Lake Malawi National Park is a UNESCO World Heritage Site. Also in this area, between the port of Monkey Bay and historic Mangochi you’ll find the greatest concentration of hotels and lodges, dotted along  a shoreline of wonderful sandy beaches known as the Mangochi Lakeshore.

Northern Malawi




Mzuzu is the regional capital of Northern Malawi, a small but rapidly growing town. The north is characterised by its great highlands, plateaus and mountains forming a forested spine running from Central Malawi to Tanzania. Within this area is Nyika National Park, the largest in Malawi covering some 3,200km2.

These northern Malawian highlands are also the cause of some of the most dramatic shoreline along the lake, with fishing villages nestling at the base of cliff-like escarpments accessible almost only by boat. Here you will find Chintheche, with some of the most beautiful of Lake Malawi’s beaches. Another town is Nkhata Bay, a bustling lake port that is important to the fishing industry. Livingstonia, set back a little from the lake shore, is a mission settlement high on a plateau overlooking the lake. It has a fascinating history dating back to 1894.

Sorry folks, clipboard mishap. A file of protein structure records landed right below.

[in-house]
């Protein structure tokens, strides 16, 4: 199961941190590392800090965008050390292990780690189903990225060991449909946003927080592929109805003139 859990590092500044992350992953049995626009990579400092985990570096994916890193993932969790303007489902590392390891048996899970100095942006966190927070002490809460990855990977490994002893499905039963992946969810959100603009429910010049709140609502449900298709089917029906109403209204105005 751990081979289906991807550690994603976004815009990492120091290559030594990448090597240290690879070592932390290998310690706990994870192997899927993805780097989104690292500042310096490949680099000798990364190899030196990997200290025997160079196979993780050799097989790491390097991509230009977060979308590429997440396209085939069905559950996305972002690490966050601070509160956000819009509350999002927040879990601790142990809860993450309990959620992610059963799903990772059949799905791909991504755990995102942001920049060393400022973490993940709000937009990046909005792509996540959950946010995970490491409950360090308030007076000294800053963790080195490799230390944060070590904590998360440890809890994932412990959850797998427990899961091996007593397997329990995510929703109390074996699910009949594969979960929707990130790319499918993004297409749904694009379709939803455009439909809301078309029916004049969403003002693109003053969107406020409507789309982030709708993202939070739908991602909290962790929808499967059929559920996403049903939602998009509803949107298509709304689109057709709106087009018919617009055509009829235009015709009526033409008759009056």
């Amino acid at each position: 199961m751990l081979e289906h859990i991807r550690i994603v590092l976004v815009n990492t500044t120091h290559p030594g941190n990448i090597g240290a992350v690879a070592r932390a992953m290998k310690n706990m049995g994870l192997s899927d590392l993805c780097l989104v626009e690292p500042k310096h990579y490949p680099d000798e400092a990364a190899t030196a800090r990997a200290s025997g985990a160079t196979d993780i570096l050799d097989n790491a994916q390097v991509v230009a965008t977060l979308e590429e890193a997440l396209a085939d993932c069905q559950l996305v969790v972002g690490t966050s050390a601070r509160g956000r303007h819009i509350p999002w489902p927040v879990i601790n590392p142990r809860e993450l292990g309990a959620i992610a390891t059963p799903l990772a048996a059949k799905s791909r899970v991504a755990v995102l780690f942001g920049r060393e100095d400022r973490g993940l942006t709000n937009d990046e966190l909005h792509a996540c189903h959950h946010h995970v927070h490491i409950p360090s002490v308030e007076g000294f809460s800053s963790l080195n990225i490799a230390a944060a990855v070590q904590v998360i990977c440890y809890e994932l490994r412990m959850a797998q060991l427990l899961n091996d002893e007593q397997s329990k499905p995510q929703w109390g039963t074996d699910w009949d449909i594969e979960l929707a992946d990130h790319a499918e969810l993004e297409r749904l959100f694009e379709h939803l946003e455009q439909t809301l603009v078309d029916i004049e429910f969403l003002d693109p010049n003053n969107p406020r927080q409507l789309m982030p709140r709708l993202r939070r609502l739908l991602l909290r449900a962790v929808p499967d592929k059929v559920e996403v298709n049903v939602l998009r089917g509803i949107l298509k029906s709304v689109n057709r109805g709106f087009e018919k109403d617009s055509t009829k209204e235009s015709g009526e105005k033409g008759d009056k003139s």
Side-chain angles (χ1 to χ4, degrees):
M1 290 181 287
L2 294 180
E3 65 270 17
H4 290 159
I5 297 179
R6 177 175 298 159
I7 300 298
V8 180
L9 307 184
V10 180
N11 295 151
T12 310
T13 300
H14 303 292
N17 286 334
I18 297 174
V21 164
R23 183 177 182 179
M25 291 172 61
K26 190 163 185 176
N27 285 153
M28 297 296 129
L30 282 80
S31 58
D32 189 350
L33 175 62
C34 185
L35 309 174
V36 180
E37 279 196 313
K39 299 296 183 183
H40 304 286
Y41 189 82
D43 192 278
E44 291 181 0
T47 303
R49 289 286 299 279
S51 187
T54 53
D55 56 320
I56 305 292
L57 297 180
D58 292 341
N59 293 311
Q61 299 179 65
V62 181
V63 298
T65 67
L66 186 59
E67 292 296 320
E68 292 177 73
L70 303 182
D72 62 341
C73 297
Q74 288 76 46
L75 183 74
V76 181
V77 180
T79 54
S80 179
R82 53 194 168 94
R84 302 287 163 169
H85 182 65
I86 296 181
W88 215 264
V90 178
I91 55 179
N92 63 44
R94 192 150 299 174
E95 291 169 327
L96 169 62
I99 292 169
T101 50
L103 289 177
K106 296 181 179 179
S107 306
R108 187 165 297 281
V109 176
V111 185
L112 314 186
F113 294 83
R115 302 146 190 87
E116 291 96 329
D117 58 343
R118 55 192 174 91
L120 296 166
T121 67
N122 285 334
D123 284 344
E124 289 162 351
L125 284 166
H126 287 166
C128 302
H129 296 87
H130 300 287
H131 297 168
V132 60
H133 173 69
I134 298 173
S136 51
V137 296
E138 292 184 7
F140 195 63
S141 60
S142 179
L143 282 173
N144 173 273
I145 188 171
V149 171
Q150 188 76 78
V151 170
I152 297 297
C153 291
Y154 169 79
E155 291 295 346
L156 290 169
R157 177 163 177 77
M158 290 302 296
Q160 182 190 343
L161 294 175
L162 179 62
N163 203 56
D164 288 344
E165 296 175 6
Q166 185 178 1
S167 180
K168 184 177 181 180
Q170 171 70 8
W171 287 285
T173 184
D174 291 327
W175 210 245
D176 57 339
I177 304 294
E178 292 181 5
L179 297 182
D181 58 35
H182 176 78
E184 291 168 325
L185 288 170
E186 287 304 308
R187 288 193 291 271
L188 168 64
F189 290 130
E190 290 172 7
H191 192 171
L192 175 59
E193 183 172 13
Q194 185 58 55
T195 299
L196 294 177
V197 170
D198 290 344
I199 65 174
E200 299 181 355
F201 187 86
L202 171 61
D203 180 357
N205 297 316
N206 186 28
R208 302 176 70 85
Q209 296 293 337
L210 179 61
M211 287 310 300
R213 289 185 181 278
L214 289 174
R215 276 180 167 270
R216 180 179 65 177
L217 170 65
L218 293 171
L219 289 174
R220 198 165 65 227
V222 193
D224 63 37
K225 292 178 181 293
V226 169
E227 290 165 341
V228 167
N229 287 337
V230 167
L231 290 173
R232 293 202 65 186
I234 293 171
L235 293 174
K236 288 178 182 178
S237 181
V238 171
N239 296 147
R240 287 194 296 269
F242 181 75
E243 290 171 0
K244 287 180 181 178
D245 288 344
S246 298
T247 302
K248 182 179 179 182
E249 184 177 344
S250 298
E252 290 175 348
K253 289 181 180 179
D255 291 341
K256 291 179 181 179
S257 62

Those who are fascinated by archaeology will be delighted with a visit to the most northerly lakeshore town, Karonga. It is an important archaeological centre with a museum, where the skeletal remains of the Malawisaurus dinosaur have been unearthed nearby, as well as the oldest human remains in the country.

If you want to feel the warm heart of Africa’s beat, coupled to a sense of adventure mixed in with some of the most unspoilt natural scenery in Africa, Malawi should surely be your next destination.

Useful Information


Languages –  English (official); Chichewa (common)

Capital – Lilongwe

Climate – Sub-tropical; rainy season (November to May); dry season (May to November)

Time Zone – GMT + 2

Currency – Kwacha (divided into 100 tambala).

Airlines – British Airways and KLM via Nairobi, Kenya, and South African Airways, Kenya Airways and Ethiopian Airways fly directly to Malawi.

Airports – Lilongwe International Airport, Lilongwe; and 13 local airports, including Chileka Airport, Blantyre.

Entry Requirements – All visitors require a valid passport. No visas required for tourist visits by citizens of most Commonwealth countries, the USA, Japan, most European Union countries and certain other countries.

Health Requirements – Immunisation against polio, tetanus, typhoid and hepatitis A is recommended. Yellow fever immunisation may be required only by visitors entering from a yellow fever zone.


Useful Contact Information


  • Ministry of Tourism, Wildlife and Culture – Tel: +265 (0) 1 775 702 or (0) 1 775 499 or (0) 1 772 702 or (0) 1 775 494; Email: or
  • Malawi Tourism Association – Tel: +265 (0)1 770 010; Tel/Fax: +265 (0)1 770 131; Cell: +265 (0) 888 865 250; Email: or; Website:
  • Malawi Tourism Guide – Tel: (UK):  0115 972 7250; Email:
  • Air Malawi – +265 (0)1 772 132 or 773 680